stratified random effects meta-analysis. We used the median
of intervention duration, which was 12 weeks to do sub-
group analyses in order to have equal distribution of data
for comparison analyses. For linear dose response analyses,
we used the transformations method to derive coherent
single-study calculates from available summary statistics
(Souverein et al. 2012). The present study applied a basee
logarithmic transformation on the caffeine intake and mean
change of weight, BMI, and body fat before estimation of
trial-specific Betas, therefore the overall Beta provides the
difference in the loge-transformed and predicted mean
change of weight, BMI, and body fat for each 1 unit differ-
ence in the loge transformed value in caffeine intake.
Eggers test was used to detect the existence of potential
publication bias for the primary outcome measure. To meas-
ure the pooled estimates, nonparametric test (Duval and
Figure 2. The methodological quality of included studies based on review authorsjudgments about each risk of bias item presented as percentages across all
included studies.
Figure 3. AC. Random effects meta analysis of 13 randomized controlled trials that examined the association or effect of caffeine intake on change mean
(A) weight, (B) for BMI, (C) for body fat in intervention and control groups by using regression coefficients (Bets) for the liner association between loge-transformed
caffeine intake and loge transformed change mean in weight, BMI, and fat mass status (CI ¼95%).
Tweedie) was used. We used STATA version 12.0 (Stata
Corp., College Station, TX) and RevMan V.5.3 software
(Cochrane Collaboration, Copenhagen, Denmark) for data anal-
yses. P-Values <0.05 were considered as statistically significant.
Our initial search found 945 potential citations, after screen-
ing 13 trials with total of 606 participants were potentially
relevant and was included in the meta-analysis. Figure 1
shows the details of the study selection and Table 1 shows
the characteristics of the included studies that were pub-
lished between 1999 to 2014. Sample size varied between 13
to 102 participants. A consecutive design was performed in
one study, cross-over design in one study, and parallel group
design in the remaining 11 trials. To incorporating cross-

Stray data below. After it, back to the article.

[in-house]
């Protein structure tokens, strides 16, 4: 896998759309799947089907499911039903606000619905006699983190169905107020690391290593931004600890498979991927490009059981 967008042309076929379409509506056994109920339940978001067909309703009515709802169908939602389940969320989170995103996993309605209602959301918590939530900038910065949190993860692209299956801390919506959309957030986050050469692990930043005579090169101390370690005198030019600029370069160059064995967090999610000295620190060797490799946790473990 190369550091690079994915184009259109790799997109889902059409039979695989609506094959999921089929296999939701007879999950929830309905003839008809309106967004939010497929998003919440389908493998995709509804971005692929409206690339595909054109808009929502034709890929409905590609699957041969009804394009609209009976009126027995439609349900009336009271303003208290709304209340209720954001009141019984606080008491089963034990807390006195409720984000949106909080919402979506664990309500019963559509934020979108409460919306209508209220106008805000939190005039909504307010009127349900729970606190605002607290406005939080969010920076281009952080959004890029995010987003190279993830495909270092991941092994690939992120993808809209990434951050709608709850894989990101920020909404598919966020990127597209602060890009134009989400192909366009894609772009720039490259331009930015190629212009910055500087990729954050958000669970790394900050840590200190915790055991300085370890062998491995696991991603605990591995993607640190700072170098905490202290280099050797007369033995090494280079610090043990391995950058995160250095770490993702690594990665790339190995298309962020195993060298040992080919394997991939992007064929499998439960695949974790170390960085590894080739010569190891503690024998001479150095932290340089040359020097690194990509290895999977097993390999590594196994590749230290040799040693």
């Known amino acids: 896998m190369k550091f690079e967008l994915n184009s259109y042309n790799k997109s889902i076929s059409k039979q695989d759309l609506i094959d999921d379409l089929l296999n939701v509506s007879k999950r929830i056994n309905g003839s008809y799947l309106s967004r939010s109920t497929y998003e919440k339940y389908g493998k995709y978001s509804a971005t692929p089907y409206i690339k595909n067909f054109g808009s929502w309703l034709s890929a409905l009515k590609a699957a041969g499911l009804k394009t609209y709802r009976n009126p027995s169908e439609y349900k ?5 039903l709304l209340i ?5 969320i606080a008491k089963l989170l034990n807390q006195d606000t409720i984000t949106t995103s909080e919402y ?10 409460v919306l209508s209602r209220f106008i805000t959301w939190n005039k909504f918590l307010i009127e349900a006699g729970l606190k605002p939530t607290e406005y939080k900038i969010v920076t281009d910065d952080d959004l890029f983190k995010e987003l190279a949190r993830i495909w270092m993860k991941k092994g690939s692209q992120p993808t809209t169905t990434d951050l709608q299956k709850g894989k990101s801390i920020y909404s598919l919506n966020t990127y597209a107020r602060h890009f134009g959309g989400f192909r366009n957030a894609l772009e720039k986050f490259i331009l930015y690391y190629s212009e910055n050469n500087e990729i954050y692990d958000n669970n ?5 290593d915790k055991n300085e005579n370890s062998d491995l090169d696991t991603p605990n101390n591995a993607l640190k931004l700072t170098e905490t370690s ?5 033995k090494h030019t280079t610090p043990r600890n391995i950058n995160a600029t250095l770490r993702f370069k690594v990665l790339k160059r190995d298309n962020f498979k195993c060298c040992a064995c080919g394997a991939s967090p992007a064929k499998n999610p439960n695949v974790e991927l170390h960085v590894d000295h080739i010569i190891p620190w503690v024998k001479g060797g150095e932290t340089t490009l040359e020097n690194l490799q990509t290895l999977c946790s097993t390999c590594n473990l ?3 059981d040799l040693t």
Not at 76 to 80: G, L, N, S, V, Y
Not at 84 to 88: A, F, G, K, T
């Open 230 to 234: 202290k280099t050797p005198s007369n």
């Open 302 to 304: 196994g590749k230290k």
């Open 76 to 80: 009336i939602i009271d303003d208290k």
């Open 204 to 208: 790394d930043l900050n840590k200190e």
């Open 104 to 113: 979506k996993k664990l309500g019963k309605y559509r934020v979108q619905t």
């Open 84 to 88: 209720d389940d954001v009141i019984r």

over trials, we were included only data from the first period.
Twelve trials have reported mean changes on weight
(Bakuradze et al. 2011; Boozer et al. 2002; Bracale et al.
2014; Coffey et al. 2004; Colker et al. 1999; Davoodi et al.
2014; Greenway et al. 2004; Hackman et al. 2006; Hursel
and Westerterp-Plantenga, 2009; Liu et al. 2013; Molnar
et al. 2000; Thom, 2007), six on BMI (Bakuradze et al. 2011;
Bracale et al. 2014; Coffey et al. 2004; Davoodi et al. 2014;
Hursel and Westerterp-Plantenga, 2009; Molnar et al. 2000),
and one on body fat loss (Greenway et al. 2004). The dur-
ation of intervention among trials varied between 4 and
36 weeks. The dosage of caffeine or caffeinated coffee in
intervention group was from 60 to 4000 mg/day (median:
360 mg/day). Seven trials were conducted in USA (Boozer
et al. 2002; Coffey et al. 2004; Colker et al. 1999; Greenway
et al. 2004; Hackman et al. 2006; Liu et al. 2013), and one in
each of the following countries, Iran (Davoodi et al. 2014),
Italy (Bracale et al. 2014), Germany (Bakuradze et al. 2011),
Netherlands (Hursel and Westerterp-Plantenga, 2009),
Hungary (Molnar et al. 2000), and Norway (Thom, 2007).
Figure 2 shows risk of bias of included trials.
The pooled analyses yielded a Beta coefficient of 0.29
(95%CI: 0.19, 0.40; Q ¼124.5, I
¼91.2%) for weight, 0.23
(95%CI: 0.09, 0.36; Q ¼71.0, I
¼93.0%) for BMI, and 0.36
(95%CI: 0.24, 0.48; Q ¼167.36, I
¼94.0%) for body fat
(Figures 3 and 4). The dose-response analyses showed that a
person who consumed 2 mg of caffeine per day compared to
1 mg of caffeine intake per day have 22% more reduction in
weight, 17% more reduction in BMI, and 28% more reduc-
tion in body fat.
The subgroup analysis for potential confounder variables
for heterogeneity including the dosage of caffeine intake, the
duration of the intervention, geographic area, gender, and
energy restriction are summarized in Table 2. The results of
subgroup analyses showed that the Betas were different in
some specific strata of suspected variables.
Eggers regression tests indicated no significant publica-
tion bias for the effect of caffeine intake on mean reduction
in weight (B ¼3.23, P¼0.22), and BMI (B ¼3.79,
P¼0.29). There was evidence of possible publication bias
in the effect of caffeine intake and fat mass (B ¼7.81,
P¼0.001). The results showed that the summary regression
coefficient (Beta) on body fat significantly decreased between
before (Beta 0.36; 95%CI, 0.24, 0.24) and after (Beta 0.22;
95%CI, 0.10, 0.34) censored trials were included into
the analysis.
This systematic review and meta-analysis is the first report
of the effect of caffeine intake on weight, BMI and body fat